Tag Archives: sacking

Destruction of two millennia of core justice by Truss

The portrait to the left is of Roman emperor Justinian I (AD 482 to 565), and his key contribution to Roman life was the radical revision of the then core principles of law. {It’s worth mentioning that there was a significant element for the protection of women, should the following discourse lead to the accusation of his being a misogynist.)

A central edict was “Ei incumbit probatio qui dicit, non qui negat” governing evidence in trials. In English, it is “Proof lies on him who asserts, not on him who denies” – in other words, an accused is innocent until proven guilty.

Liz Truss has shown her disdain for this principle – and indeed for basic justice – by subscribing to an approach hitherto adopted by certain vocal social pressure groups (and it has to be said by opposition MP’s and the Guardian newspaper), namely that some nameless accuser is all that is required to sentence the accused.

She sacked her Trade Minister, Connor Burns, on being informed of an allegation against him. Mr Burns was not given any information about the complaint, nor the identity of his accuser, and he was not asked to provide any information. The length of time between allegation and the sacking clearly did not apparently allow any investigation. A Number 10 statement said “Following a complaint of serious misconduct, the prime minister has asked Conor Burns MP to leave the government with immediate effect. The prime minister took direct action on being informed of this allegation”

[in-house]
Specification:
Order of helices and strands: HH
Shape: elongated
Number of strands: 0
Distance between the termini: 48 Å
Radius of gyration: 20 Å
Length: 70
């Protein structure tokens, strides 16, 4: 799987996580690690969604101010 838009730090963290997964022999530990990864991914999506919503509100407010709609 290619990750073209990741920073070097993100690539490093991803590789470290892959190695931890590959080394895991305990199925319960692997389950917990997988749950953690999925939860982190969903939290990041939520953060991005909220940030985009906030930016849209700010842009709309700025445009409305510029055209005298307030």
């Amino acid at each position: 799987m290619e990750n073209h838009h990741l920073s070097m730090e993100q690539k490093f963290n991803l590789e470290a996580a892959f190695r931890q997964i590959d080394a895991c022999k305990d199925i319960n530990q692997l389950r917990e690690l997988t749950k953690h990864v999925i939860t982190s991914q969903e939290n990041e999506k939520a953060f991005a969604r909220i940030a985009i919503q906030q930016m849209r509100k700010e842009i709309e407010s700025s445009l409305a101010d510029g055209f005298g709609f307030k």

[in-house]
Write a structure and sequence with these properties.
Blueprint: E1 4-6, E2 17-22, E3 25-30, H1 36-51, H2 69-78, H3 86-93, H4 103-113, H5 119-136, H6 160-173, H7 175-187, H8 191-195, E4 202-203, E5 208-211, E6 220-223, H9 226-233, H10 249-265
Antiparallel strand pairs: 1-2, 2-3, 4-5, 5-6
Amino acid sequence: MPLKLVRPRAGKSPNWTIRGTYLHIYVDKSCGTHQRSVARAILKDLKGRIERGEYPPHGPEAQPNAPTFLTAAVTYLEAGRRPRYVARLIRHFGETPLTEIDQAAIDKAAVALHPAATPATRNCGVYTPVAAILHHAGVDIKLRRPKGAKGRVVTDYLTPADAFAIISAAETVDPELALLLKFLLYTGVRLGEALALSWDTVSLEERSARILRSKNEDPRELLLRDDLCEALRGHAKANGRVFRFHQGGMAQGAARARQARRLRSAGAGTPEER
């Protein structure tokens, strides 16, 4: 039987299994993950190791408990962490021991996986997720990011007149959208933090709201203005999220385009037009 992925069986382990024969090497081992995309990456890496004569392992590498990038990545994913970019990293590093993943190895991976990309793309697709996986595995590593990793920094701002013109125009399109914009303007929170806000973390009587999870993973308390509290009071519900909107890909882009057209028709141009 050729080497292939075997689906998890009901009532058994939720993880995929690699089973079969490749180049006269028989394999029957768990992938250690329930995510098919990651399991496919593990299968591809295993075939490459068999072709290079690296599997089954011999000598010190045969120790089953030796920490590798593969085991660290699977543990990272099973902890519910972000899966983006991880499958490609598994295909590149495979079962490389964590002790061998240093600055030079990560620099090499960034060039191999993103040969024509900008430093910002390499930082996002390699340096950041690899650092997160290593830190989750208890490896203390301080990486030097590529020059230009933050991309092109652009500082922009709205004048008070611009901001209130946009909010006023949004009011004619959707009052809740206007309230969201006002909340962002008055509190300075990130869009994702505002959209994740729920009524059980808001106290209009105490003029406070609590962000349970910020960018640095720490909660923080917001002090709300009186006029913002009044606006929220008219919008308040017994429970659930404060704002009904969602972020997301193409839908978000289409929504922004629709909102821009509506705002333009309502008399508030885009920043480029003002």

This speaks volumes to the illiberal nature of Truss’s character and approach to governing. Previously largely restricted to the “meToo” harridans and the ‘Trans’ lobby, she has formalised the approach of abandoning “due process”. Evidence, the opportunity to cross examine, a fair trial by an independent judiciary and by one’s fellow men/women, do not now appear to be required components of a just structure. At least in Russia the accused got a show trial before they were shot.

{There is a clear ‘moral hazard’ here. Ms Truss could just slip a waitress in the Portcullis House cafeteria a few twenties to claim she was slapped on the bottom by Gove, and she could dispose of his Machiavellian subversions. The reversal of Justinian’s codex is an essential building block for totalitarianism.}

A turning point in this development was surely the act of using Parliamentary privilege by Peter Hain to name Philip Green as having been accused of some form of ‘inappropriate behaviour, when there was at that time an injunction in place by the court to prevent such disclosure. Hain (a convicted criminal) claimed it was in the public interest so to do, in spite of having a pecuniary interest in the outcome, and in spite of the plaintiffs having received substantial sums in settlement and signed legally binding agreements not to discuss it.

This preening, hypocritical individual emboldened the accusation = guilty approach to justice firstly for the feminist and trans brigades, but now it seems it has been adopted as policy by the Goverment.

Come back, Boris (and himself a victim the this trend) all is forgiven.